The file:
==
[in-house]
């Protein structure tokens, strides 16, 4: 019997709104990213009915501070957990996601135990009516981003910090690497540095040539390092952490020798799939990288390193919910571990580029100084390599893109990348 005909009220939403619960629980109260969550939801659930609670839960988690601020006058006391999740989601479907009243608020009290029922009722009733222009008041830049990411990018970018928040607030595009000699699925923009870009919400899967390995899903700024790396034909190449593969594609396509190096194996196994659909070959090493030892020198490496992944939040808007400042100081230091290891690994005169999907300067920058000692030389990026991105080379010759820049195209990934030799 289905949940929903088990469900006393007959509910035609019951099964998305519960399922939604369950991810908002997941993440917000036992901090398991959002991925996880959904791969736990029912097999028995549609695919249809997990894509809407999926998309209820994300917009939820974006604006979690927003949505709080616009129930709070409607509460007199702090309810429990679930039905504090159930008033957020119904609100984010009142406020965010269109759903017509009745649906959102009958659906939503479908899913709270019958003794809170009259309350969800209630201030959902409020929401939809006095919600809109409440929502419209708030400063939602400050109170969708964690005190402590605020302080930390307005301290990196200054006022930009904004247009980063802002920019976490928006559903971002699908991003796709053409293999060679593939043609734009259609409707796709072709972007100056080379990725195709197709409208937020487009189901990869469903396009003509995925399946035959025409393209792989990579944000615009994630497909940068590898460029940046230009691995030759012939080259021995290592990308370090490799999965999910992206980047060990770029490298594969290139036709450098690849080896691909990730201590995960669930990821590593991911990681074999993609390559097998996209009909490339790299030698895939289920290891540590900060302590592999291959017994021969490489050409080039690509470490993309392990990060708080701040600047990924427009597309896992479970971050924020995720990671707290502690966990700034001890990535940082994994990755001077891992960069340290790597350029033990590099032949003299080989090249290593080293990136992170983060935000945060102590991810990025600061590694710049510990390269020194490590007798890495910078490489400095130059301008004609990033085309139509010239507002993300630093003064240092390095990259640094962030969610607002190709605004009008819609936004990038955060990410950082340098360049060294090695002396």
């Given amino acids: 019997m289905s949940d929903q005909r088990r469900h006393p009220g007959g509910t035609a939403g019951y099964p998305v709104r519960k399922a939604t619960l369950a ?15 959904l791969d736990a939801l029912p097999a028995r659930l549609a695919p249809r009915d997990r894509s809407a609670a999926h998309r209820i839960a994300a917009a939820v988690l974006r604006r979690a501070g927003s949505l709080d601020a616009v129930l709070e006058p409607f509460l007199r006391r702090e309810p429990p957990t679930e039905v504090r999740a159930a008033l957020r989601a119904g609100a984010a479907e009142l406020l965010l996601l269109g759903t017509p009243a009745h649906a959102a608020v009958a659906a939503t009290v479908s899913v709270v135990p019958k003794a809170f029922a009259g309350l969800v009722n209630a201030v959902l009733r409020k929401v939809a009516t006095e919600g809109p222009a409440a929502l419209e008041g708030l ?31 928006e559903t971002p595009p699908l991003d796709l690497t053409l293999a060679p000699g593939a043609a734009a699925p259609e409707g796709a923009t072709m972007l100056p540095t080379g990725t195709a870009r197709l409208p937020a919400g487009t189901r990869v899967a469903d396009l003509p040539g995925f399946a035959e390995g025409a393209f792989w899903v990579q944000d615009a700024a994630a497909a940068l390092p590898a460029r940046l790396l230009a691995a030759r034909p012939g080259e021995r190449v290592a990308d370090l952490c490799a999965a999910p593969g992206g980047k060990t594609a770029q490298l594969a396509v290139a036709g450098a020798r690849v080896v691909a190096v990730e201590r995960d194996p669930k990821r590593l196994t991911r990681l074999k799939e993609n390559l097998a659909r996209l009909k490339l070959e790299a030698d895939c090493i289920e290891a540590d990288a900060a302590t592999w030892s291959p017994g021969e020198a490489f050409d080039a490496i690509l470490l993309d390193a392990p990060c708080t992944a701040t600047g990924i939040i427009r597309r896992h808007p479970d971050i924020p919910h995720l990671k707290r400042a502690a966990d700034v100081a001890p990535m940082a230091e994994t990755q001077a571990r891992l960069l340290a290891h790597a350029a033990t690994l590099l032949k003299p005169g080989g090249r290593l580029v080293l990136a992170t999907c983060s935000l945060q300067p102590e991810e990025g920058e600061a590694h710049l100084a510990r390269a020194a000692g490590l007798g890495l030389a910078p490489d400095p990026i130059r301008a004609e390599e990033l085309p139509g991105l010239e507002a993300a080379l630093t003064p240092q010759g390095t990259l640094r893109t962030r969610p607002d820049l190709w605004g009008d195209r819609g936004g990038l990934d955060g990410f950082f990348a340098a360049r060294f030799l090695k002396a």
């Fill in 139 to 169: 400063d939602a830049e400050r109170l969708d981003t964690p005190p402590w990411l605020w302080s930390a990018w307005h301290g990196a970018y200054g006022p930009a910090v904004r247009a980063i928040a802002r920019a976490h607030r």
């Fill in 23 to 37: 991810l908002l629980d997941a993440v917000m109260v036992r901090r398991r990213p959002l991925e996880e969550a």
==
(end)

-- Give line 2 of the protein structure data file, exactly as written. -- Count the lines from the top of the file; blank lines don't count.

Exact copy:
């Protein structure tokens, strides 16, 4: 019997709104990213009915501070957990996601135990009516981003910090690497540095040539390092952490020798799939990288390193919910571990580029100084390599893109990348 005909009220939403619960629980109260969550939801659930609670839960988690601020006058006391999740989601479907009243608020009290029922009722009733222009008041830049990411990018970018928040607030595009000699699925923009870009919400899967390995899903700024790396034909190449593969594609396509190096194996196994659909070959090493030892020198490496992944939040808007400042100081230091290891690994005169999907300067920058000692030389990026991105080379010759820049195209990934030799 289905949940929903088990469900006393007959509910035609019951099964998305519960399922939604369950991810908002997941993440917000036992901090398991959002991925996880959904791969736990029912097999028995549609695919249809997990894509809407999926998309209820994300917009939820974006604006979690927003949505709080616009129930709070409607509460007199702090309810429990679930039905504090159930008033957020119904609100984010009142406020965010269109759903017509009745649906959102009958659906939503479908899913709270019958003794809170009259309350969800209630201030959902409020929401939809006095919600809109409440929502419209708030400063939602400050109170969708964690005190402590605020302080930390307005301290990196200054006022930009904004247009980063802002920019976490928006559903971002699908991003796709053409293999060679593939043609734009259609409707796709072709972007100056080379990725195709197709409208937020487009189901990869469903396009003509995925399946035959025409393209792989990579944000615009994630497909940068590898460029940046230009691995030759012939080259021995290592990308370090490799999965999910992206980047060990770029490298594969290139036709450098690849080896691909990730201590995960669930990821590593991911990681074999993609390559097998996209009909490339790299030698895939289920290891540590900060302590592999291959017994021969490489050409080039690509470490993309392990990060708080701040600047990924427009597309896992479970971050924020995720990671707290502690966990700034001890990535940082994994990755001077891992960069340290790597350029033990590099032949003299080989090249290593080293990136992170983060935000945060102590991810990025600061590694710049510990390269020194490590007798890495910078490489400095130059301008004609990033085309139509010239507002993300630093003064240092390095990259640094962030969610607002190709605004009008819609936004990038955060990410950082340098360049060294090695002396």